When installing wayfinding signage in public spaces, follow guidelines set in the Americans with Disabilities Act (ADA) to ensure optimal accessibility. The goal of the ADA is to prevent discrimination and make spaces more accessible for individuals with physical, mental, or sensory disabilities or chronic illnesses. ADA outlines the minimum legal requirements, and its guidelines often dictate the need for hanging or wall-mount signage to meet those standards in public, commercial, or workspaces. To take steps toward a comprehensive approach to accessibility, use those same specifications to design floor tape and signage that helps you meet those objectives.

Using Floor Tape to Supplement ADA-Compliant Signage

Supplement ADA-compliant wayfinding signage with floor marking products for improved accessibility. Using floor tape and signs to communicate redundant messaging establishes inclusivity as a priority for your business and makes it easier for those with disabilities to navigate your facility. Because they are durable, customizable, and designed to stand up to heavy traffic, Superior Mark™ products are ideal for reiterating these primary messages. Many ADA guidelines remain applicable when using floor tape to meet those directional and safety objectives for accessibility. 

What are ADA Directional Signage Requirements?

The ADA outlines requirements for wayfinding signage, including guidelines for size of text and graphics (to ensure legibility from certain distances), the height at which signs are hung (so they are easily visible and can be accessed by those in need of tactile signs), and for their placement and location (to ensure they can adequately communicate the intended message). To be considered an ADA-compliant facility, these specific signage requirements must be met, and .

Relevant ADA Requirements for Floor Markings

Because floor markings inherently fall short of ADA requirements for height and placement, they cannot be used to meet compliance standards. However, you can use heavy-duty floor markers, tape, and signs to supplement primary wayfinding and safety messages to create a more inclusive space. For optimal accessibility, design floor markings according to relevant guidelines for ADA-compliant signage.¹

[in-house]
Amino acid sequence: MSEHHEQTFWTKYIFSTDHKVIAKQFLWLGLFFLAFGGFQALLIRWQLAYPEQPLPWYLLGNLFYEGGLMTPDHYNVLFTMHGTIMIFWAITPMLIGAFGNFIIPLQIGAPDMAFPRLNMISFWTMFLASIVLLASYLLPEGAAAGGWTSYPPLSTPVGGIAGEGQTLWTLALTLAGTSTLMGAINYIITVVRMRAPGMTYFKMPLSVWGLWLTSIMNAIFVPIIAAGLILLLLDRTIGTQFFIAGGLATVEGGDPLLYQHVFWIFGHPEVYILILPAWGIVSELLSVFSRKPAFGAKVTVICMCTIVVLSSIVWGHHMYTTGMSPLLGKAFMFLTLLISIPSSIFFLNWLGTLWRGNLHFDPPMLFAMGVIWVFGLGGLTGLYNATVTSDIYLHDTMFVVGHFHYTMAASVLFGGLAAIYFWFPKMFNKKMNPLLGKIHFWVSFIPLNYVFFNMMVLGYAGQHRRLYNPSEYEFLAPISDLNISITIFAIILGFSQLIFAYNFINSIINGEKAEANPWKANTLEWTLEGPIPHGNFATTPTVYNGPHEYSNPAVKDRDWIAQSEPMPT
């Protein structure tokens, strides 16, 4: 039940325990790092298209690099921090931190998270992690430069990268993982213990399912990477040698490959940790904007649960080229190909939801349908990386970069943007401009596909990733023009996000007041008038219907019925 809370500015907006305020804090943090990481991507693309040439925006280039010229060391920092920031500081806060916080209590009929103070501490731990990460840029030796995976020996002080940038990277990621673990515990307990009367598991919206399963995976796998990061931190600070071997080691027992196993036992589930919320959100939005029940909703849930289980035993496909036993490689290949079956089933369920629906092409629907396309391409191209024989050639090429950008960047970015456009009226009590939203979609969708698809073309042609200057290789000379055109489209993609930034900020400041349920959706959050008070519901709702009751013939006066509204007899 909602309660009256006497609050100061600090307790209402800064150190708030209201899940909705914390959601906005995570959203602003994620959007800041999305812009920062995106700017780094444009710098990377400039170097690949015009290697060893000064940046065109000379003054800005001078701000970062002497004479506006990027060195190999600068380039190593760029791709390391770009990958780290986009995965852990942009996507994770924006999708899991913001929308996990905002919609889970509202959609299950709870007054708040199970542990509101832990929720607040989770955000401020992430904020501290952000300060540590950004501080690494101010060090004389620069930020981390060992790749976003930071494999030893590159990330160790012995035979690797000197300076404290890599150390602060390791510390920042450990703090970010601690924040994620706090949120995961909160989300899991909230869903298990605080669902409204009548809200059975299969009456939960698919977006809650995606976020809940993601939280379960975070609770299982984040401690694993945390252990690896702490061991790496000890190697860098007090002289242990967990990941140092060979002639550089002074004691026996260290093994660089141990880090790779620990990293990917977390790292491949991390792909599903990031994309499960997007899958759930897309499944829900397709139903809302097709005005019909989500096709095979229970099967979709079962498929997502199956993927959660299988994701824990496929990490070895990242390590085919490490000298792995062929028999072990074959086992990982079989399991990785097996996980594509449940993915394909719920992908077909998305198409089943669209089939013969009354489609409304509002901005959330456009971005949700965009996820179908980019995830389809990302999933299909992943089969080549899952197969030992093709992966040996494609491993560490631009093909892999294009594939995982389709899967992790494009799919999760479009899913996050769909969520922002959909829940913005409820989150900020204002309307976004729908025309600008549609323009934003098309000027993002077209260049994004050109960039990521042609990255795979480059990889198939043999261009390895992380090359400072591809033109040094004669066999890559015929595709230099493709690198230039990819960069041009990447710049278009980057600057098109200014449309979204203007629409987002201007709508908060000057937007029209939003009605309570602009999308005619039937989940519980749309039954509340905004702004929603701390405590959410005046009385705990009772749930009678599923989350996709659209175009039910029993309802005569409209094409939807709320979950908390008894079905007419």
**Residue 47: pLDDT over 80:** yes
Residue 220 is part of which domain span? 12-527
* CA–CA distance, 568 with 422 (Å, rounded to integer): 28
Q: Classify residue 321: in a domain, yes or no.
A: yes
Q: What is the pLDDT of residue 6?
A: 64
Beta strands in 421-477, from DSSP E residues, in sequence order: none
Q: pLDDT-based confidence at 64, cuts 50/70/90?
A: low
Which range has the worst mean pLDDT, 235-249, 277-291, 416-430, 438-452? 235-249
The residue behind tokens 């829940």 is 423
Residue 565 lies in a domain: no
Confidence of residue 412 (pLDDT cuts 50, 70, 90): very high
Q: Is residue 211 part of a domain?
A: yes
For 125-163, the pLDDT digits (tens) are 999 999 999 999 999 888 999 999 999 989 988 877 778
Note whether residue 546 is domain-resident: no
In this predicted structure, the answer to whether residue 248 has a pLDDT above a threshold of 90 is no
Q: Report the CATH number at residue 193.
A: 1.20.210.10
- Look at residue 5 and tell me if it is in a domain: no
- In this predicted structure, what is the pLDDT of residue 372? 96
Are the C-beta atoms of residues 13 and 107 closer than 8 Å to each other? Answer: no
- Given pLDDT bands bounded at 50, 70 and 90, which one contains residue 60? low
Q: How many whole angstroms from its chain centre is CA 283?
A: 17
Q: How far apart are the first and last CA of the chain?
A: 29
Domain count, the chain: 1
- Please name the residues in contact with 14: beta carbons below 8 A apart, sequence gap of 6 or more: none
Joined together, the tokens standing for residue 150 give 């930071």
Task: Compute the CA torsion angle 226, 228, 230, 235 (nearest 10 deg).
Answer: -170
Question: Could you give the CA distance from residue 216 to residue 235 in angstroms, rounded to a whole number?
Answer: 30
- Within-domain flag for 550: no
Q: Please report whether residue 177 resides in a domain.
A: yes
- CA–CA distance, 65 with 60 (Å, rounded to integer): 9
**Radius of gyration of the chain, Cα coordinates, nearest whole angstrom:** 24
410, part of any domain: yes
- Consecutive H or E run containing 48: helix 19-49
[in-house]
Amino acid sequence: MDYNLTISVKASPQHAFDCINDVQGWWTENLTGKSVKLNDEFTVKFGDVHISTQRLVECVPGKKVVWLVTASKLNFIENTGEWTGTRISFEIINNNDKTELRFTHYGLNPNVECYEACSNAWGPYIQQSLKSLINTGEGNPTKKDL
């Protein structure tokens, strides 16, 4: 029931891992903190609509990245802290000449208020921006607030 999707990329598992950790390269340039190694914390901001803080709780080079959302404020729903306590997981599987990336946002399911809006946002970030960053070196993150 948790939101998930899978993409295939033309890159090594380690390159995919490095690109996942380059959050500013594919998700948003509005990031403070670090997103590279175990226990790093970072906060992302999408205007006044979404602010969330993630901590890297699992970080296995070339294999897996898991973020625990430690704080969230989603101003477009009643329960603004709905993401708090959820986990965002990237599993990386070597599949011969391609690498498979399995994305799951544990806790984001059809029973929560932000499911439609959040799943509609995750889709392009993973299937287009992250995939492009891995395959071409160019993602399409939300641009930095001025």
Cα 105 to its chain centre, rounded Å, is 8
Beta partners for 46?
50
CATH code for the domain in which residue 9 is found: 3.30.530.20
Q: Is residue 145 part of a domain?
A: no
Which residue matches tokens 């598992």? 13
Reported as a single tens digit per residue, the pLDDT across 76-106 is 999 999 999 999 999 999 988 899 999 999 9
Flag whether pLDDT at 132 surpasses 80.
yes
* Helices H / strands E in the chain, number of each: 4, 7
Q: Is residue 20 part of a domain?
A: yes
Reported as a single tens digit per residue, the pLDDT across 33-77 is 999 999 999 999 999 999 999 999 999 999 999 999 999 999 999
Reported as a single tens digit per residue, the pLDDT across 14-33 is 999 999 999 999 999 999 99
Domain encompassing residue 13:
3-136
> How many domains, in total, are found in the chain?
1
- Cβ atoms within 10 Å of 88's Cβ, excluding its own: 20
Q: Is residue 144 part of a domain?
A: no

• Color: ADA does not outline specific color standards for compliant signage, but it does emphasize contrast and readability. When creating ADA-compliant wayfinding signage, ensure maximum contrast by using light text and graphics against a dark background, or dark graphics and text against a light background. A sign’s color should be distinct from its surroundings so it is clearly visible.
  • Font: The ADA provides guidelines for ensuring text can be read by those with visual impairments. Choose simple, sans-serif fonts such as Arial, Helvetica, or Calibri. To avoid overcrowding, letters and words should be evenly spaced and formatted in upper- and lowercase so that they are easily legible.
  • Finish: Glare and reflection can hinder the legibility of a sign, so choose products without glossy finishes or reflective properties to ensure they’re easily readable for everyone. If reflective tape is required in an area—for example, to draw attention to a hazard—supplement with matte signs that meet accessibility needs.

Does ADA-Compliant Signage Require Braille?

Tactile signs feature both braille and raised letters that can be read by those with visual impairments. ADA requires tactile braille signs to identify permanent rooms and spaces, for directional purposes, and to label specific areas people may need to access, such as exits, bathrooms, stairs, or elevators. Note that engraved letters are not considered tactile, and to be considered a tactile sign the letters must instead be raised.

Other Things to Consider for Accessible Floor Signs and Tape

The guidelines set forth by the ADA represent only a portion of true accessibility. When installing floor markings to supplement compliant signage, consider the following factors to make your space as inclusive as possible.